In the second exercise, the participants were not limited to only making one observation but could make new ones with any significant changes in behaviour they observed. So the exercise might begin with the observation “you are moving in your chair”, and then move to “you are nodding your head”, and then to “you are smiling”, and so forth. This exercise encouraged complete focus on the other performer and made you very sensitive to even the smallest changes in your partner’s behaviour. Eventually we got on our feet, courtesy of the final stage of the repetition work, known as “The Knock on the Door”. This is where one actor exits the room and carries out a mental or physical preparation designed to change his or her energy state, then knocks on the door to the room. The other actor answers it and so the repetition exercise commences. It was interesting to observe how quickly listening and responding went out the window as we dealt with all of a sudden having this physical freedom we didn’t have when we were consigned to our chairs!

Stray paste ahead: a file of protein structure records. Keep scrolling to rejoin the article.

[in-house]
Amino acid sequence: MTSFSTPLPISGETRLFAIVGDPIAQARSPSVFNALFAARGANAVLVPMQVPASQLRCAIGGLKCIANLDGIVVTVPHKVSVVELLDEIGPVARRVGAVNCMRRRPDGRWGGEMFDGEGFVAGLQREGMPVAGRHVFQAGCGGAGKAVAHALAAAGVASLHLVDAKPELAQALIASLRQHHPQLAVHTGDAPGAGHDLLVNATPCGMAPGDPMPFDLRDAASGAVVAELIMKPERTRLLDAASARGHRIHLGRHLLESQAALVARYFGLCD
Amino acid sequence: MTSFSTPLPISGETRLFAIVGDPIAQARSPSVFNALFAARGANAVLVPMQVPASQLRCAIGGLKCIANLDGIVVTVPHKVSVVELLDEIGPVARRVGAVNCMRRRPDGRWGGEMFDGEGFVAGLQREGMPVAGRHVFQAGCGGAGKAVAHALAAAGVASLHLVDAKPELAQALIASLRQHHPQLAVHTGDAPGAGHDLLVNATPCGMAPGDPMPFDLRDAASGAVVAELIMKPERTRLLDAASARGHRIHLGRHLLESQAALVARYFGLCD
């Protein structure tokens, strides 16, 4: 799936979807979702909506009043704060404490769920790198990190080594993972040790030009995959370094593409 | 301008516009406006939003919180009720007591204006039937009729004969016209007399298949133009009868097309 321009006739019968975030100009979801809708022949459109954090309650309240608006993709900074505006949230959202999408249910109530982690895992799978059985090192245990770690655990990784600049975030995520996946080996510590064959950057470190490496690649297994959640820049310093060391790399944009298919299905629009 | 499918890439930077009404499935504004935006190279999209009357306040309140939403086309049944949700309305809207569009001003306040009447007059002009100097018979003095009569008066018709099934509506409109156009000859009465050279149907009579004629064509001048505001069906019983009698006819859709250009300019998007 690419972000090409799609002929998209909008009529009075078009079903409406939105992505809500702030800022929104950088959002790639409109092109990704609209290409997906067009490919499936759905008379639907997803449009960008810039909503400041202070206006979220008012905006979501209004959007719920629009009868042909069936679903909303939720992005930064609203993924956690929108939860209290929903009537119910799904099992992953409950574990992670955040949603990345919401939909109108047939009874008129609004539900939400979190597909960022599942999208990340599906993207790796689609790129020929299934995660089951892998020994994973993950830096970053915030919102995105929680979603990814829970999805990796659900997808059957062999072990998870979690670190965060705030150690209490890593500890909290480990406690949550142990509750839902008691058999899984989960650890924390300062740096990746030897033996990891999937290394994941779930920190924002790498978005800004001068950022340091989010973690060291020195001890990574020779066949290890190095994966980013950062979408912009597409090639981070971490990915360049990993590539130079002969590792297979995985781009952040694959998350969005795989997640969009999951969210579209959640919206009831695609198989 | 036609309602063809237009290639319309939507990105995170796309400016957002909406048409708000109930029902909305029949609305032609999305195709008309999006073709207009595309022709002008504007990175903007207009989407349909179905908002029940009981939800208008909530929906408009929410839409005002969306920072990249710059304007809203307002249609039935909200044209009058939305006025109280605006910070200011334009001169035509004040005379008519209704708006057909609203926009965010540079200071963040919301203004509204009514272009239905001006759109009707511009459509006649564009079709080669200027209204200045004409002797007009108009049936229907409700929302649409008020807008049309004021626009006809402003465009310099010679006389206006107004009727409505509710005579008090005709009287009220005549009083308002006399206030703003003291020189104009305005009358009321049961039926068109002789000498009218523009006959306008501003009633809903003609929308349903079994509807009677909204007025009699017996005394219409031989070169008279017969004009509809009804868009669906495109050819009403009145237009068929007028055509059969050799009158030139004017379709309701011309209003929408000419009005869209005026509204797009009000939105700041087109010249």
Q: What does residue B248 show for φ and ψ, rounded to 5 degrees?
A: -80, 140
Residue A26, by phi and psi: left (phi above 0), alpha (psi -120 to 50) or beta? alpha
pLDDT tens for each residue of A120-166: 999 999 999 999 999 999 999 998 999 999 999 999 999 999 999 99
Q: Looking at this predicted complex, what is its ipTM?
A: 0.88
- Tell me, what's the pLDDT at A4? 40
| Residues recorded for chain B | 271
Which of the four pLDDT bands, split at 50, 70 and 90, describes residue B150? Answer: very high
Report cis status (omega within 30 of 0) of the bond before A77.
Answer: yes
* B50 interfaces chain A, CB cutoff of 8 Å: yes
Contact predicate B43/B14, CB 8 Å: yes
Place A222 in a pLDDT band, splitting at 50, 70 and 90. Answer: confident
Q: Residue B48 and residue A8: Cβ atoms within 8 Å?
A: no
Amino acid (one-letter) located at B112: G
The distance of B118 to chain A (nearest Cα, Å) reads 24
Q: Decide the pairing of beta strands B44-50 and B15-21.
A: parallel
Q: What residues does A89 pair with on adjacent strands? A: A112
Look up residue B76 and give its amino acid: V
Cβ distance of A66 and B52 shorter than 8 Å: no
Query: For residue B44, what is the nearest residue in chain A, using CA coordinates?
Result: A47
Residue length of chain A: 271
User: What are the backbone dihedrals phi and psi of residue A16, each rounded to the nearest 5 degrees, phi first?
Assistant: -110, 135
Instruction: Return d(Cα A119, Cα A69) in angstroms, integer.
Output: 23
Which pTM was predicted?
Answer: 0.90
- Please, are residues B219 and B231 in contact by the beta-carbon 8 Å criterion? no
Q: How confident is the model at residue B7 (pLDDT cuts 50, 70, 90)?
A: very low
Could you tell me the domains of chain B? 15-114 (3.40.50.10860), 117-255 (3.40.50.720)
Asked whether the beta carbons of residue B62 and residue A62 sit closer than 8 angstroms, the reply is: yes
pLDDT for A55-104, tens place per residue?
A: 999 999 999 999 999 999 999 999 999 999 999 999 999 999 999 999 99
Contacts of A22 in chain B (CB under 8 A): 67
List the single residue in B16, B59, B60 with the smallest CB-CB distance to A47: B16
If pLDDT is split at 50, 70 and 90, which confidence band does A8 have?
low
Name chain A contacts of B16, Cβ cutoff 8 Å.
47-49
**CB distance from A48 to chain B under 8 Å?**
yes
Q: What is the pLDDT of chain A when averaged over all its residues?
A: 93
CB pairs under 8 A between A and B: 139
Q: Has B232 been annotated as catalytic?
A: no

And that, in brief, is the Meisner Technique. As simple as it sounds, however, it must be said that it caused a good deal of confusion and questioning amongst the workshop participants, myself included. I do not think anyone disagreed with the goal of the technique nor in its assessment of the requirements for good acting, but there was dispute however, about whether it answered all challenges thrown up by acting, and some confusion as to how it would translate to script work. We fired questions at Scott throughout the workshop, such as “what if you aren’t getting anything from your fellow actor?” or “what if you have to perform a monologue or a soliloquy and have no fellow actor to respond to?”. Scott always had a ready made answer. You are always getting something from a fellow actor, he said, and as you rarely have control over the casting process you have to learn to work with what you’ve got in any case. In the case of monologues, Scott was not a fan of the one person show, which he did not regard as drama, as what is dramatic and what audiences want to see, is the interaction between characters. He also happily debunked many of the so-called “sacred cows” of acting, still routinely taught at most drama schools and deeply ingrained within the industry, such as “there is no such thing as character”, and that “an actor doesn’t need to warm up”, and that “an actor does not need to know what his actions and objectives are”. These assertions proved controversial to some, but Scott always had a persuasive and well-reasoned argument at the ready. He has been teaching this technique for decades after all!